There are unlimited amounts of things to do with children in this area, from beaches to parks and museums. It's a very family friendly area, with lots of great camping grounds in all price ranges (the French version of a holiday home/camping/vacation park). Most larger French towns have a beautiful old carousel which kids adore, good parks and public pools.
I was hooked almost straight away. Even though we didn’t travel far and wide with that first trip, I loved the idea of the freedom and flexibility a CV would give us. I couldn’t stop thinking about how useful it would be to own one, especially here in the Nouvelle Aquitaine with so many wonderful places to visit literally on our doorstep. Not only could we go on long summer holidays, we could also decide on a whim to take a weekend break or overnight stop to the coast, or the mountains if the weather is good.
Over the summer, travel restrictions were lifted in Europe, and after months in a tiny city apartment, my family craved fresh air and nature. Our summer plans initially included an epic vacation in Africa… we held out hope until a few months before departure when it became clear CoVid-19 was not going away anytime soon. After a short mourning period, we jumped into action – what trip would get us out of the city, without much risk of losing money to cancelations or spreading germs? After much debate – we settled on a circuit between France and Switzerland, exclusively by train. This seemed like both the safest health wise (unless you can travel by car), and the least risky financially.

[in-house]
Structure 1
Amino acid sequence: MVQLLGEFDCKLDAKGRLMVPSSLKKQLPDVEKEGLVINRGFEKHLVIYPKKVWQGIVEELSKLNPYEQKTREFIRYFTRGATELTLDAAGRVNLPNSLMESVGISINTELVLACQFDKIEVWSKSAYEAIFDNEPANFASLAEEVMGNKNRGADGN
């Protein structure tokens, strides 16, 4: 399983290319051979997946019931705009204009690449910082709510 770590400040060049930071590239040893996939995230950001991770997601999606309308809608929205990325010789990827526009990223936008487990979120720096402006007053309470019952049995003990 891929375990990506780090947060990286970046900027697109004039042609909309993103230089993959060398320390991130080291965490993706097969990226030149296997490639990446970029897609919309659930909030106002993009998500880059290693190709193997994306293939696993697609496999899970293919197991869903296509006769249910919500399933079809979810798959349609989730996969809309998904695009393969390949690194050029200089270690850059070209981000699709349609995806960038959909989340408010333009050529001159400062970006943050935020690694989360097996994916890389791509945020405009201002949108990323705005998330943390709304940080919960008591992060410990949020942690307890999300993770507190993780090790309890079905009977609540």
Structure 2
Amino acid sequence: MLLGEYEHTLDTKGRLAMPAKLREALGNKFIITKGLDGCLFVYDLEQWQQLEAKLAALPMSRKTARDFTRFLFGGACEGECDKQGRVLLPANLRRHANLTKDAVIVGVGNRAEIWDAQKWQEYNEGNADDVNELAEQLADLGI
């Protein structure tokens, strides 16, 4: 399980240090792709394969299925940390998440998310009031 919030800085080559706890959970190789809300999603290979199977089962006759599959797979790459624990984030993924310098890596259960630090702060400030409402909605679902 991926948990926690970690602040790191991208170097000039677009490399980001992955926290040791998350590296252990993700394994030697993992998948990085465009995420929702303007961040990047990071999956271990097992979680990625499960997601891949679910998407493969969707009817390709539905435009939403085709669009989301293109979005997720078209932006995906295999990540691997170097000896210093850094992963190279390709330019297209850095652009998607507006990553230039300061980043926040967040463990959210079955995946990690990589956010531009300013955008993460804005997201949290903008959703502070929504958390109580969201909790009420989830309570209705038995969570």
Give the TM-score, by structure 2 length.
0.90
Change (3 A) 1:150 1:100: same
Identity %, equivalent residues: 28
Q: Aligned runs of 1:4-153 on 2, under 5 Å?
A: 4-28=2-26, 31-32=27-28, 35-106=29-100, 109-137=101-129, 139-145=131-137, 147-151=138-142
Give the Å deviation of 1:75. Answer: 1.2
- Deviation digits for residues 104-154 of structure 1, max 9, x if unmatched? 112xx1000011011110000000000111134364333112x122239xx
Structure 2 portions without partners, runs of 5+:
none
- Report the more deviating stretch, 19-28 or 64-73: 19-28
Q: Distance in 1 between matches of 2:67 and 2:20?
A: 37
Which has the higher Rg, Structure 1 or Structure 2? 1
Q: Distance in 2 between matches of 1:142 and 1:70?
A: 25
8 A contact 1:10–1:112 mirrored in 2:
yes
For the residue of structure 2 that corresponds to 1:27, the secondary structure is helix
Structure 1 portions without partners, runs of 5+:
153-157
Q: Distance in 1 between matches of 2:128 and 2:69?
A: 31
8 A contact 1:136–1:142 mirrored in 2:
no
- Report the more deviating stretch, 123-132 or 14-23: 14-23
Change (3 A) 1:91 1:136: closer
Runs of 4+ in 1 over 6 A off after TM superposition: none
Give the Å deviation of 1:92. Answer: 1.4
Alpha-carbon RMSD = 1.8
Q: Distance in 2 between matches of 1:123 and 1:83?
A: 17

The start of the visit takes place on an old train that passes through the pines into a small village where 'resiniers' cut the sides of pines to collect sap (gammage) and shepherds (bergers) on their stilts (tchangues) would have lived with their flocks of sheep...
Upon entering the tourist office in Agen, you are greeted with a selection of local goods which consists of Prunes (dried plums) in multiple forms. However, Agen is full of other delicious foods, timbered houses, and carved stone hotel particuliers, an impressive art museum, and a really unique canal/aqueduct system built in the mid-1800s that is still in use today.
Along the narrow and steep streets of the center there are nice timber-framed buildings, a house where Henry II spent a night, and The Musee des Jacobins (also known as Musee des Ameriques) hosting the second most important collection of pre-Colombian artefacts.
One of the most authentic French countryside towns might be Bazas. Its arcaded town square, beautiful Saturday morning markets and unique yearly festivals are only a few of the reasons to visit.